Union Bank Wellington White Block

Scott BrownNon-Designated Heritage Properties

Address: 37 Main Street North

Also known as: Union Bank Wellington White Block


The Union Bank-Wellington White Block is a non-designated Heritage Property located at 37 Main Street North on the southeast corner of Main and River streets in downtown Moose Jaw. The property is a three-storey stucco structure completed in 1902.

Heritage Value:

The heritage value of Union Bank-Wellington White Building rests in its association with local businessman Wellington White. Born in Erie, Pennsylvania in 1867, White’s family was immersed in the brick making business. Following his father’s passing the business was sold and White moved to Prince Albert to start a brickyard of his own. In 1898 he arrived in Moose Jaw and opened a brickyard in Wakamow Valley on the site of the current River Park Campground after confirming a suitable clay deposit nearby. White’s brickyard operated from May to October each year and its bricks were used in many Moose Jaw buildings, from residences to industrial and commercial buildings. Included among those were White’s large 1908 home at 690 Aldersgate Street East, the Chateau architectural styled Canadian Pacific Rail Station (demolished 1921), and the Union Bank-Wellington White Building. White’s success in brick making furthered Moose Jaw’s development. His success was, however, aided by a devastating downtown fire in December 1891 which burned out all wood-cladded buildings in its path on both sides of the first block of Main Street North. The disaster prompted the creation of a bylaw requiring new downtown building to use more fireproof forms of construction. White’s business flourished until 1914 when with outbreak of war, public works projects and private construction all but stopped. White then devoted his capital and energies to a successful farming enterprise.

The heritage value of the Union Bank-Wellington White Block also rests in its association with the development of Moose Jaw. Trade and commerce in frontier areas like 19th century Moose Jaw was often hampered by the absence of financial institutions. Started in 1865 the Union Bank of Canada arrived in Moose Jaw in 1897 becoming the second financial institution in the community and the first with a national scope. Local financier and businessman Arthur Hitchcock who operated the sole institution in the City until the Union Bank’s arrival, eventually came to sit on the board of the Bank. Built as a joint project of the Union Bank and White, the building, provided not only a new financial institution, but additional shop and office space for merchants and professionals. The Union Bank merged with the Royal Bank in 1925 resulting in the closure of the branch. Briefly occupied by James Richardson and Son, a grain and financial services firm, Moose Jaw’s first commercial radio station, call sign CJRM, was launched by that firm from the basement of the building in 1926. Changing hands and locations, today the station is Regina based CKRM, best known for its radio coverage of the Canadian Football League’s Saskatchewan Roughriders. Currently home to frame and music stores, the building also hosted firms such as Clarkes Bros. and the Christie Grant Department Store.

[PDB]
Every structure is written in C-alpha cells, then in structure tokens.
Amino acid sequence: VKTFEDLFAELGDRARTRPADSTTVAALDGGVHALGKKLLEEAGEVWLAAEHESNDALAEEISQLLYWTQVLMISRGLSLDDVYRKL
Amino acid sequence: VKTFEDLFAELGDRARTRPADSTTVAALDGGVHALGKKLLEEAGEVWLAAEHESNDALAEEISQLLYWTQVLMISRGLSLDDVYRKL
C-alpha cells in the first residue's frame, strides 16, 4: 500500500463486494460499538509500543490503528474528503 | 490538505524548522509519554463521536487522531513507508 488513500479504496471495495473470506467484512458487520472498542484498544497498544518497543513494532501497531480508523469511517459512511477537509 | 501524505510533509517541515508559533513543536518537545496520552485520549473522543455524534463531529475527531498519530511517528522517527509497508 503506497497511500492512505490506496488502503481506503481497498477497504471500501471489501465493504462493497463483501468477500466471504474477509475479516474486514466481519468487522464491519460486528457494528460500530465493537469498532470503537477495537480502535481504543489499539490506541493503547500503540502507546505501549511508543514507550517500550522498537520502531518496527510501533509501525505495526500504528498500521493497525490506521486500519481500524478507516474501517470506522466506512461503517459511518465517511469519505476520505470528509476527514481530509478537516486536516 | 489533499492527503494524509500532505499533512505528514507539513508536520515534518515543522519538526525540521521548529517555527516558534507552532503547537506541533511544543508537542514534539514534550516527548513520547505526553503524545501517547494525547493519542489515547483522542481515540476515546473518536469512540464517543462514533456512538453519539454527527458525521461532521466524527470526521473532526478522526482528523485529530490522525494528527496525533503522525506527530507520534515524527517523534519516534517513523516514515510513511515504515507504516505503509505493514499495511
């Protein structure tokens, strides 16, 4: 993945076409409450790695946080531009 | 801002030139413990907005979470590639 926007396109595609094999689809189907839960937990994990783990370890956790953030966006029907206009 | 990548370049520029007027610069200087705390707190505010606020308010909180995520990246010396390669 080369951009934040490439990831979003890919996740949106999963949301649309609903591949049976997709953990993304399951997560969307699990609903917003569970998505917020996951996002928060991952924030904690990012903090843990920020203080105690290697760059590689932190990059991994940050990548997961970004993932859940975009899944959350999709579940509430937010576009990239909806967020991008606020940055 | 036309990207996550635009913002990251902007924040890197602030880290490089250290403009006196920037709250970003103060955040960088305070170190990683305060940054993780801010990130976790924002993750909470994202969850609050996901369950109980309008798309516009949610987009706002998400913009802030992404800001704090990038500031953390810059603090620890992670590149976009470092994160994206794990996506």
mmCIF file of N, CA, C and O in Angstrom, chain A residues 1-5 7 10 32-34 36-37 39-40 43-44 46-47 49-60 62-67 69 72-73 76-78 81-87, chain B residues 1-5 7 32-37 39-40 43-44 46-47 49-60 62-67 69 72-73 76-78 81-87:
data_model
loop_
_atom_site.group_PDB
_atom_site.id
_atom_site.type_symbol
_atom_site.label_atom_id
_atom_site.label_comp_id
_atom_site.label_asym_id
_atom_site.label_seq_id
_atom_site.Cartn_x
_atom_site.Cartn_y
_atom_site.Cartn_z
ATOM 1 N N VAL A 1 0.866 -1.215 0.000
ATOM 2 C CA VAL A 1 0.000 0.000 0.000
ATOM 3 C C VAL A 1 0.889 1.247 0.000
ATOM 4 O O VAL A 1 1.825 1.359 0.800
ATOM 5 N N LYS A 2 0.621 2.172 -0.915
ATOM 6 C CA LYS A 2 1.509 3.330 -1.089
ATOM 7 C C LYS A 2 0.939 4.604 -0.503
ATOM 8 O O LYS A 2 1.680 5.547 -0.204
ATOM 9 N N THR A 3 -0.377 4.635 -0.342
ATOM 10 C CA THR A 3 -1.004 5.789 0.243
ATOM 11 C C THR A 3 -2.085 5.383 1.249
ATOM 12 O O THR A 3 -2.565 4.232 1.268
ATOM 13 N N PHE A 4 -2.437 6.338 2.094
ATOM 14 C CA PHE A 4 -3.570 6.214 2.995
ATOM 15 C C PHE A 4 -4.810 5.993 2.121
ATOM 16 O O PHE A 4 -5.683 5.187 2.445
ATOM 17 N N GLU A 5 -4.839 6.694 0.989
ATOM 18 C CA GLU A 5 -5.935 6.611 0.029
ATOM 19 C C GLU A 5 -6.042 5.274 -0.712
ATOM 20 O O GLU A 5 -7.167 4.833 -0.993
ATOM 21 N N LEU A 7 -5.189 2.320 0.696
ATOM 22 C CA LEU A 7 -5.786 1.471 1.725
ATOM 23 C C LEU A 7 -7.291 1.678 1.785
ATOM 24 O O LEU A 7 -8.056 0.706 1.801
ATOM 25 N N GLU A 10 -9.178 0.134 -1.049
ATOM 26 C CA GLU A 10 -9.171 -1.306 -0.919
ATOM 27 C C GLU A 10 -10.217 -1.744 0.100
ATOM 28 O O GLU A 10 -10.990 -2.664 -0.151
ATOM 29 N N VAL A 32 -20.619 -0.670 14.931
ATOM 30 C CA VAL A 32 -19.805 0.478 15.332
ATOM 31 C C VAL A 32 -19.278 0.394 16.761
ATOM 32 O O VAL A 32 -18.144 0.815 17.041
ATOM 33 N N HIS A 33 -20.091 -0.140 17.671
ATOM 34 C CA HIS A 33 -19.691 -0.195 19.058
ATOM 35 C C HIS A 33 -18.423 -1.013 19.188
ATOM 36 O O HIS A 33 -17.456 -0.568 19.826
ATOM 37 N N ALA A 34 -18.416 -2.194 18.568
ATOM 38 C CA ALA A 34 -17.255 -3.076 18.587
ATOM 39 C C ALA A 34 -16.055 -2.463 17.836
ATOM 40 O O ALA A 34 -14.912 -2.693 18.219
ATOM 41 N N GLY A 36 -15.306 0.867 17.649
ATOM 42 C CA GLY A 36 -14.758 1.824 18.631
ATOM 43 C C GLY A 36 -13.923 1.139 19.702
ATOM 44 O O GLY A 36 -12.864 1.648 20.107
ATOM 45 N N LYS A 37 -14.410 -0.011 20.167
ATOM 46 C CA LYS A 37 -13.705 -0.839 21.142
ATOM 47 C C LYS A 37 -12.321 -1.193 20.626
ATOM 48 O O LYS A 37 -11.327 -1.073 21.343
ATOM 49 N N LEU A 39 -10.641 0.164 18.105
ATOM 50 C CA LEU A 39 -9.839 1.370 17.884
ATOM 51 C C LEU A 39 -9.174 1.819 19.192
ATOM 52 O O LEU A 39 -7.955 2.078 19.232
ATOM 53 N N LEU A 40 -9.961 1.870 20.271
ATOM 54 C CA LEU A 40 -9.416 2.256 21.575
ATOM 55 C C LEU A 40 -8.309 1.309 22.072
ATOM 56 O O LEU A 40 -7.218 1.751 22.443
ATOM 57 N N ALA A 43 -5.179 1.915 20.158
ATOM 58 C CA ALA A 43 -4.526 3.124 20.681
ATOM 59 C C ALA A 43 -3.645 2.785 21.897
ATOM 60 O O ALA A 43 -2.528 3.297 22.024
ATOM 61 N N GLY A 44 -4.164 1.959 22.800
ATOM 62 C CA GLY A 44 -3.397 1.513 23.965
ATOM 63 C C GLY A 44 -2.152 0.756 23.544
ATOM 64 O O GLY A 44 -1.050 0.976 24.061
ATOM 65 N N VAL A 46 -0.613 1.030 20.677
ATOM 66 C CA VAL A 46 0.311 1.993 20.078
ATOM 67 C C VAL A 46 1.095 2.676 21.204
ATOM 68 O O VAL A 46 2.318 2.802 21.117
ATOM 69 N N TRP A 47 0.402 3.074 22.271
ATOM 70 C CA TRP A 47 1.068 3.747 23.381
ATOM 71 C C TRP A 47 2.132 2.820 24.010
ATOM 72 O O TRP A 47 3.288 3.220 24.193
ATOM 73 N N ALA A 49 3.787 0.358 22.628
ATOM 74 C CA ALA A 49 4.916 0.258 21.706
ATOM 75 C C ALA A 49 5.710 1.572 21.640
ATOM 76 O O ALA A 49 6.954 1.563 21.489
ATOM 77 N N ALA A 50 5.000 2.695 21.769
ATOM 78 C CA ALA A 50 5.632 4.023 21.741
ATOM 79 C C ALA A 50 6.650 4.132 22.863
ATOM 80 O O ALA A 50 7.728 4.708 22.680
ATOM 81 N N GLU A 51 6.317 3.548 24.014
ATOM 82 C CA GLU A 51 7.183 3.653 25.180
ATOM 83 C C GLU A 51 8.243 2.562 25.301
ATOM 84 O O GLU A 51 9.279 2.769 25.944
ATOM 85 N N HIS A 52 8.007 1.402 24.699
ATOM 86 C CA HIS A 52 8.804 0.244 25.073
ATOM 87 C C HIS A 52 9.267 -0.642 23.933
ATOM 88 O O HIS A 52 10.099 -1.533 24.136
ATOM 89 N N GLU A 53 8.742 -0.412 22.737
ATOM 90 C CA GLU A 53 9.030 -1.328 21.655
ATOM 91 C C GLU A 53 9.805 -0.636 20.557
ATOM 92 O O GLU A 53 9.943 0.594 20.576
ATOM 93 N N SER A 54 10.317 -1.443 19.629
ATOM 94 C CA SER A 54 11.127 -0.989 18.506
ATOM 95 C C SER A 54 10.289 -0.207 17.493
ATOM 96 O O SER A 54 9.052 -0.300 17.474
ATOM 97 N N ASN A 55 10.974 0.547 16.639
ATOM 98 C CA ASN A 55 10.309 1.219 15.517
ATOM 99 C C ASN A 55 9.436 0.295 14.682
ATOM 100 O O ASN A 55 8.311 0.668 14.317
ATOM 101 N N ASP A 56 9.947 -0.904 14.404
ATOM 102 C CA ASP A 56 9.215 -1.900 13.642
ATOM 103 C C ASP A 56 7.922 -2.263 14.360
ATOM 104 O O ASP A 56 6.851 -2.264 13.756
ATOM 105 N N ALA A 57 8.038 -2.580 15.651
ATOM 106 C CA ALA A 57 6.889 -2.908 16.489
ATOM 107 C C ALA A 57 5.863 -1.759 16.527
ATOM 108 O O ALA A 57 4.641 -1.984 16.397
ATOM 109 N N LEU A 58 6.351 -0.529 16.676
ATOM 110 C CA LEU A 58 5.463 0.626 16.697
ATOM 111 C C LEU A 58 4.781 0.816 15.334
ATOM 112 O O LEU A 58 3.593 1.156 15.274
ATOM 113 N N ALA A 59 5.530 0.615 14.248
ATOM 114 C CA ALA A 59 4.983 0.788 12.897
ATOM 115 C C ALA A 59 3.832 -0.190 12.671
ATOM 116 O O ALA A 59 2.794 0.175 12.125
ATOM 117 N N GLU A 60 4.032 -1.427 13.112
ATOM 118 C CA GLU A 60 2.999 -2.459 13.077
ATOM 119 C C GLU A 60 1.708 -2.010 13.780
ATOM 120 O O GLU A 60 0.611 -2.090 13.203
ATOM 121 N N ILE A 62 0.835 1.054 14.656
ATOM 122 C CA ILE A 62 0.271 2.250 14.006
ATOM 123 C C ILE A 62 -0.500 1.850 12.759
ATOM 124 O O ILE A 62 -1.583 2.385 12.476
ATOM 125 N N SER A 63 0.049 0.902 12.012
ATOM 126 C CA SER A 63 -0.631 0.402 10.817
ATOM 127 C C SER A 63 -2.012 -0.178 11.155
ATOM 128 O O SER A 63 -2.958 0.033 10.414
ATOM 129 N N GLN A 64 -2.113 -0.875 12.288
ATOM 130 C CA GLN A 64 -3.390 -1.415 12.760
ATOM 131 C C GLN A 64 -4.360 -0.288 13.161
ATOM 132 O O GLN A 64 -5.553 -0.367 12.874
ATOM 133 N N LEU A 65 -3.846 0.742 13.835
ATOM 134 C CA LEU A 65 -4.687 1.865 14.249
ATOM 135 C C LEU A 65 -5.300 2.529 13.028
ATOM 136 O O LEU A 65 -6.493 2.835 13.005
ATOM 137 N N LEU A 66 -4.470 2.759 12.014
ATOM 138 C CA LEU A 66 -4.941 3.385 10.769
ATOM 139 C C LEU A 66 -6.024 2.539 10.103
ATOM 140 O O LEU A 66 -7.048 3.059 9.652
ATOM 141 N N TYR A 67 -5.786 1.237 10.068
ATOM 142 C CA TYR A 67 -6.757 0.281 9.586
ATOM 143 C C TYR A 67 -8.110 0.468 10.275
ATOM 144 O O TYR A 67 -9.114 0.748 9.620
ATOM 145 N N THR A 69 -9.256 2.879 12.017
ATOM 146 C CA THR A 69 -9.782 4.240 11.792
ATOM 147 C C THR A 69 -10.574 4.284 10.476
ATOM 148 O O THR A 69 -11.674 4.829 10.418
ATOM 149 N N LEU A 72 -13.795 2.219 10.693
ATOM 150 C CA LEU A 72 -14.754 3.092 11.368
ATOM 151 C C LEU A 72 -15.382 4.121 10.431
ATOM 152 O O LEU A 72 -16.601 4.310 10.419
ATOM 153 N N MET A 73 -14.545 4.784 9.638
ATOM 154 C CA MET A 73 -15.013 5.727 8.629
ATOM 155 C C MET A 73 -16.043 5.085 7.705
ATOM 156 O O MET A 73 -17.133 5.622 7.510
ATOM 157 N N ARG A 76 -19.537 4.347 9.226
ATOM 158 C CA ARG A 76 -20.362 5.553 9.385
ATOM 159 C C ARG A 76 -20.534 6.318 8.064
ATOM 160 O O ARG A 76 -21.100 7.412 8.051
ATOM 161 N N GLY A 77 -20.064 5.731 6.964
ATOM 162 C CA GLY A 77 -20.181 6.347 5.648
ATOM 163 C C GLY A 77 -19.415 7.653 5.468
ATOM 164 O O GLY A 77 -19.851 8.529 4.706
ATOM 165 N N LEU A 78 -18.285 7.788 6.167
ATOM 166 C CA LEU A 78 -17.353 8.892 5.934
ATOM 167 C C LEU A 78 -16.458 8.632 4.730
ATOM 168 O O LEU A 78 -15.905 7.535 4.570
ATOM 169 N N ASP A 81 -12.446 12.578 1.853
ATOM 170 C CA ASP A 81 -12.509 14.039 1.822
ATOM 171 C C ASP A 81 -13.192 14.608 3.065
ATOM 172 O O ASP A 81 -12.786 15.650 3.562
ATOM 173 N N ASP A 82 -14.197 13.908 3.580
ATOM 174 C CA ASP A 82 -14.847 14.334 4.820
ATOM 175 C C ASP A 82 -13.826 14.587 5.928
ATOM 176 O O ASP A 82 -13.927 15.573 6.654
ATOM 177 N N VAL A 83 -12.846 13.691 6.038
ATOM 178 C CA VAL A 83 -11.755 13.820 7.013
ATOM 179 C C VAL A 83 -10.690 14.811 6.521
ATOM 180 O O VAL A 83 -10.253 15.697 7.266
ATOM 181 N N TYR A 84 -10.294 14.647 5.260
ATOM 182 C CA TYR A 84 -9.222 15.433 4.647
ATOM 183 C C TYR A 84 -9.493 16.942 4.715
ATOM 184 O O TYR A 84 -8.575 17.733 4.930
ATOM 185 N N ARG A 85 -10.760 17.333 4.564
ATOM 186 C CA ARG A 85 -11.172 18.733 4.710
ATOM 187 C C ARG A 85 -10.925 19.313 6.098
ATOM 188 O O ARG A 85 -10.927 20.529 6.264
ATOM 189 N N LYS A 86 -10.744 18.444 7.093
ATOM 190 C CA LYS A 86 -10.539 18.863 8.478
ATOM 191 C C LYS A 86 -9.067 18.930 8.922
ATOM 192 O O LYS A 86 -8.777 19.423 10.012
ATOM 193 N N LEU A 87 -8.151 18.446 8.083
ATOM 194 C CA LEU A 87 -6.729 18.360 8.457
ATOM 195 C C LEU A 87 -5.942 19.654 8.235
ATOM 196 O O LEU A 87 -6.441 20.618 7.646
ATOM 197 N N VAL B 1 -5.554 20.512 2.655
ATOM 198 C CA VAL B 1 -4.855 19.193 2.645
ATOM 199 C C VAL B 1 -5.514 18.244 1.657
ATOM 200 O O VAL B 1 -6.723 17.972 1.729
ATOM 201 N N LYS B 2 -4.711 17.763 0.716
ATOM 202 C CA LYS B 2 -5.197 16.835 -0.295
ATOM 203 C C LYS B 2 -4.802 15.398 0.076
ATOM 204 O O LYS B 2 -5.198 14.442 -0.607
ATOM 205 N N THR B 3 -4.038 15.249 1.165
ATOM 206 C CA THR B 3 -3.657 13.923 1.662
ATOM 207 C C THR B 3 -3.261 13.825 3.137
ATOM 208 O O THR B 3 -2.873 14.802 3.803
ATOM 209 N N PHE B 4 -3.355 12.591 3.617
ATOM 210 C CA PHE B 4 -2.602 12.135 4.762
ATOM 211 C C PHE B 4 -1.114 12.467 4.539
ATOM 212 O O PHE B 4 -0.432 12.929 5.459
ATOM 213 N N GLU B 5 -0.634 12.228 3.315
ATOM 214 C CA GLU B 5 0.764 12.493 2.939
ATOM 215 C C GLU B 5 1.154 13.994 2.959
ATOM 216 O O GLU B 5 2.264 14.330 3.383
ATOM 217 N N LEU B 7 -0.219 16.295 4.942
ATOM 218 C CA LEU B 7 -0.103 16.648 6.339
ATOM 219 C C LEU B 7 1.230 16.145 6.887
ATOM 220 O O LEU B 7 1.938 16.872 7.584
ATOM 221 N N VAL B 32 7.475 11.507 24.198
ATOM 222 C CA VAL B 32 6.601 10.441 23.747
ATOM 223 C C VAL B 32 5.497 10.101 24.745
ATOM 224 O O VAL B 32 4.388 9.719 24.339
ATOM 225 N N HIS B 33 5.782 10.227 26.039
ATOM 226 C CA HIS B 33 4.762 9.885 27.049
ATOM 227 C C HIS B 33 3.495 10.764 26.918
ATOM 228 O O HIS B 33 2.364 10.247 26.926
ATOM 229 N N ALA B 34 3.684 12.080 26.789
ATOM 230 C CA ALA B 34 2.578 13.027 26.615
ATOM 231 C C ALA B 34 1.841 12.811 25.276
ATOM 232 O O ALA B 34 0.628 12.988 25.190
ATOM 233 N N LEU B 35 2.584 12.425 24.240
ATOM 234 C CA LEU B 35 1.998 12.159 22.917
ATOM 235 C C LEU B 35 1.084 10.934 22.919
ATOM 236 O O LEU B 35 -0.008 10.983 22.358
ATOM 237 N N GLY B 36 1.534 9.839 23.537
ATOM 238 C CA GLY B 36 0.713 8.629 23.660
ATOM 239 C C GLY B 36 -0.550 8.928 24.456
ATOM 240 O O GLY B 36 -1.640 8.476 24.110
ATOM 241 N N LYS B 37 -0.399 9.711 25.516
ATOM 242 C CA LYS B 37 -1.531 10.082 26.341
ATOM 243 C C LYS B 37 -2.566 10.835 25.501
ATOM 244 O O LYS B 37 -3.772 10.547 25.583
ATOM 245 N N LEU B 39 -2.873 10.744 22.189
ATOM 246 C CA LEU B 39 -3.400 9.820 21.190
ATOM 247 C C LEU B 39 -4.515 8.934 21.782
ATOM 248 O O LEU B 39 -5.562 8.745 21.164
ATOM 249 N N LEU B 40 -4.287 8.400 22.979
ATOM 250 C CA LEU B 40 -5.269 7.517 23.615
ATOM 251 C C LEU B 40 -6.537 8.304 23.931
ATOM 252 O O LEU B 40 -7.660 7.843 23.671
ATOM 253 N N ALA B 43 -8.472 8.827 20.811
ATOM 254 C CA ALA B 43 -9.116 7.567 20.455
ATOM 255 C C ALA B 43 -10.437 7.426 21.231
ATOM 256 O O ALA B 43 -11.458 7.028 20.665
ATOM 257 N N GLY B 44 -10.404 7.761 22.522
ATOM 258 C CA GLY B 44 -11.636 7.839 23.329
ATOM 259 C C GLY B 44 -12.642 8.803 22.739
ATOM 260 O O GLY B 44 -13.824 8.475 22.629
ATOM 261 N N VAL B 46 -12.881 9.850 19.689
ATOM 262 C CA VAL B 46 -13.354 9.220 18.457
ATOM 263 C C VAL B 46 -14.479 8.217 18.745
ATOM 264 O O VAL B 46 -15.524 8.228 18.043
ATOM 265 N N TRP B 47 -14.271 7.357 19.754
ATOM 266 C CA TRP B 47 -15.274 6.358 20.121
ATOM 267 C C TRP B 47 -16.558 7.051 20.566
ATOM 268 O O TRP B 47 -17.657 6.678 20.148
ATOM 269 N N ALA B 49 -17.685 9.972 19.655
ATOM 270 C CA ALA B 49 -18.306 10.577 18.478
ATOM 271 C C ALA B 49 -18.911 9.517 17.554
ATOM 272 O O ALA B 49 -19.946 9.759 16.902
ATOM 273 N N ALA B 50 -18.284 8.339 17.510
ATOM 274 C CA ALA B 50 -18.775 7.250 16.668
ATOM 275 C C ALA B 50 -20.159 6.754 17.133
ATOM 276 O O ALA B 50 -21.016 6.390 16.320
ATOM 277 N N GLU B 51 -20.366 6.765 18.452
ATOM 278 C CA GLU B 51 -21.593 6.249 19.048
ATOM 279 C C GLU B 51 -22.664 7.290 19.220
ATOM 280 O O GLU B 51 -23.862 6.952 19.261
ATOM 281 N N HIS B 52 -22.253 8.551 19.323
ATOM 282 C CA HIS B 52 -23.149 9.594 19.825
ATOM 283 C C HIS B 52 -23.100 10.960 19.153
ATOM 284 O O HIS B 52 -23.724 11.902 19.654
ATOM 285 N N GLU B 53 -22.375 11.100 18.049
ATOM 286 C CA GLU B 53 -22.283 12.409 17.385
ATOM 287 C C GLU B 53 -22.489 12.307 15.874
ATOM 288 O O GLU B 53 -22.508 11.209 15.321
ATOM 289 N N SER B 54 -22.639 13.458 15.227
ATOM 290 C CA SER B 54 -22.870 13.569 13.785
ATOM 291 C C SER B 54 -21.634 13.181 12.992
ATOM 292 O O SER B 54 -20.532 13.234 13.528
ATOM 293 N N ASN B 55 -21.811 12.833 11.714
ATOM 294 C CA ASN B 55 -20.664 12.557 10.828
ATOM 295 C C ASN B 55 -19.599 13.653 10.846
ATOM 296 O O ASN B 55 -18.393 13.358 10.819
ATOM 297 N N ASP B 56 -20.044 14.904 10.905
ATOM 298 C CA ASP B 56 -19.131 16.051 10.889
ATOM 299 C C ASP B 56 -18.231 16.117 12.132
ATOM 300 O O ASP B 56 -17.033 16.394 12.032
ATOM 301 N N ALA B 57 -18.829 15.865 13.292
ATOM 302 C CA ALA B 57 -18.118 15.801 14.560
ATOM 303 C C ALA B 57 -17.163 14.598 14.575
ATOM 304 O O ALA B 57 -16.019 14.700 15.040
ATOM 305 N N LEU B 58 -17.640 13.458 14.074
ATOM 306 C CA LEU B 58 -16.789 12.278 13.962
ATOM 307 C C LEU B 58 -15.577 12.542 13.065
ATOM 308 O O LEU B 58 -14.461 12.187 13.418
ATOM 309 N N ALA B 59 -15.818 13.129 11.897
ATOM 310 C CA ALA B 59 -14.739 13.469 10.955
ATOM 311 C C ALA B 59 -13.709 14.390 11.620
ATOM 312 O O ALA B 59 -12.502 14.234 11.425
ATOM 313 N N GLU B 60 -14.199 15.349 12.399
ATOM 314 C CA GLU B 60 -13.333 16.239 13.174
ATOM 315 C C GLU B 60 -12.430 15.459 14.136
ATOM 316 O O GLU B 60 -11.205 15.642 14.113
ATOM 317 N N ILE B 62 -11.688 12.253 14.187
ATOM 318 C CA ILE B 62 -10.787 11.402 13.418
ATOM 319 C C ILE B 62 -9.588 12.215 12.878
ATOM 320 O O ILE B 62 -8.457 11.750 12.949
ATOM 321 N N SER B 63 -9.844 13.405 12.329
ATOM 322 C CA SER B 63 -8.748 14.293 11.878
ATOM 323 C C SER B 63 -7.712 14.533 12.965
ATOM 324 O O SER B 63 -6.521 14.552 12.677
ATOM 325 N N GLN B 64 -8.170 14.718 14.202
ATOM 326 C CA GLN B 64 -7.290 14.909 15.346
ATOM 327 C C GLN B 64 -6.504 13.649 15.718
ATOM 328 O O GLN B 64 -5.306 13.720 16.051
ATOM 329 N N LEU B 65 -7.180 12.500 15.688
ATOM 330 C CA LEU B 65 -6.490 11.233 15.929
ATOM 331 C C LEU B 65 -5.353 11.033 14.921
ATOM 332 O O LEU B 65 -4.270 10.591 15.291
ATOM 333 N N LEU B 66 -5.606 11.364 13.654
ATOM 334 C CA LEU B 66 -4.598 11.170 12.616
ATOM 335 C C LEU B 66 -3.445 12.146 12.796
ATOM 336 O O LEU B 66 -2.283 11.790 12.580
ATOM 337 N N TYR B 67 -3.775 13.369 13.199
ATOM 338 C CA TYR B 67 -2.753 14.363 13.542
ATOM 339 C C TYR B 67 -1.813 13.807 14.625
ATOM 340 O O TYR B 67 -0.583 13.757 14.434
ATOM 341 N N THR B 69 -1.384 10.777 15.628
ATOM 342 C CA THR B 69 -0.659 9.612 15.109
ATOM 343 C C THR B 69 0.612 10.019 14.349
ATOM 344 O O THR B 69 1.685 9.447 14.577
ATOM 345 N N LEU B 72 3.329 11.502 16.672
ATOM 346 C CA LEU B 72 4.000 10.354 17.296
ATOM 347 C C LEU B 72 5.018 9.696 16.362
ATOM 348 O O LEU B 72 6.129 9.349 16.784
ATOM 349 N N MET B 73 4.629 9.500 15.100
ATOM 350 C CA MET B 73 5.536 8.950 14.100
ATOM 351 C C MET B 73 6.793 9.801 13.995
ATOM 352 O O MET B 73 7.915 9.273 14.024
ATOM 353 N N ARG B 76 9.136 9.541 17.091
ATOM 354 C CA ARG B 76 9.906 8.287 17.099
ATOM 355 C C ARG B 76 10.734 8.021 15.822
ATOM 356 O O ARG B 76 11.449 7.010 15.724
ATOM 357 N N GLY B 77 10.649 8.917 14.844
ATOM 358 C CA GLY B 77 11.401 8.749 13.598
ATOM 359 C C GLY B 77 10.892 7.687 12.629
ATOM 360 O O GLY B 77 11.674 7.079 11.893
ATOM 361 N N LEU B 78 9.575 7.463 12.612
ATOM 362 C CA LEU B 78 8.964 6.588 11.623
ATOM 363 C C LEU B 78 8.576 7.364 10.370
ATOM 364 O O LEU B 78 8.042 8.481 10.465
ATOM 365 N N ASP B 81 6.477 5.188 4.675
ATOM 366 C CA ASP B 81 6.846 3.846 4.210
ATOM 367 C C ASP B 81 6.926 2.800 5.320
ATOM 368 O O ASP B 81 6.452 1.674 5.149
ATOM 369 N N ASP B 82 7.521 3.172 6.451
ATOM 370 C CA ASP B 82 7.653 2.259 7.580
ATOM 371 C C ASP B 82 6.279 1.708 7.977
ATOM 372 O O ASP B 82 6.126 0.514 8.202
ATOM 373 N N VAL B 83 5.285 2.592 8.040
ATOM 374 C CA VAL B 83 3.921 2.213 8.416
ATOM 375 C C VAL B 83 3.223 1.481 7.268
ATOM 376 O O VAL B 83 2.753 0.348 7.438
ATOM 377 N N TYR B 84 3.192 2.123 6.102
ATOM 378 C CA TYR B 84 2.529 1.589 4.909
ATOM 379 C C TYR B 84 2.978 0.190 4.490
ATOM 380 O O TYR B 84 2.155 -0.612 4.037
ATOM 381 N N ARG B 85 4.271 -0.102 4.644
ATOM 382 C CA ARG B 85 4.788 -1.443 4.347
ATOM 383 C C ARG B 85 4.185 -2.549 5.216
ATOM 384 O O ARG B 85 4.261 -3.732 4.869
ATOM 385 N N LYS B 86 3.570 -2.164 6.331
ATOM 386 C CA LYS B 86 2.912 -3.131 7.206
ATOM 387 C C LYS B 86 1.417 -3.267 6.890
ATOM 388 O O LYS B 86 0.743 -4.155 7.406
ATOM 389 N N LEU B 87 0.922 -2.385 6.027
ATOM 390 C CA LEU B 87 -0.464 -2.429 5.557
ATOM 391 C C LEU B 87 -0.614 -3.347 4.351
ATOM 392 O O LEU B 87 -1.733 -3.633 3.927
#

The heritage value of the Union Bank-Wellington White Building also rests in its architecture. Built at cost of $25,000 and designed by the firm Fraser and Cameron, contractors from Indian Head, the building was given brick cladding, and modest ornamentation such as decorative corbels and pilasters and a parapet with finials. Its scale as a three-storey building was impressive to settlers accustomed to much more modest structures. Built on a stone-base, an interior brick wall divided the north side of the building used by the Union Bank from the retail space in the south portion. Upper floors were used as quarters for bank staff and the basement was designed as office space for professionals. Among its other contemporary features was electrical wiring which was incorporated at the time of construction and bathrooms capable of using water systems, even though a town water system for that purpose had yet to be developed. In 1951 stucco was applied to the building, significantly changing its appearance.

Character-Defining Elements:

The heritage value Union Bank – Wellington White Block resides in the following character-defining elements:

  • its prominent location on Main Street North in downtown Moose Jaw;
  • the decorative elements of its design such as Norman window openings on the upper storey and parapet with finials.
  • large windows on the Main Street façade which speak to its use as a store;
  • a mural by Ruth Hamilton entitled “Clarke Bros. circa 1902” the first firm to occupy the building.

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Build Date: 1902 | Designation Date: Non-designated Heritage Property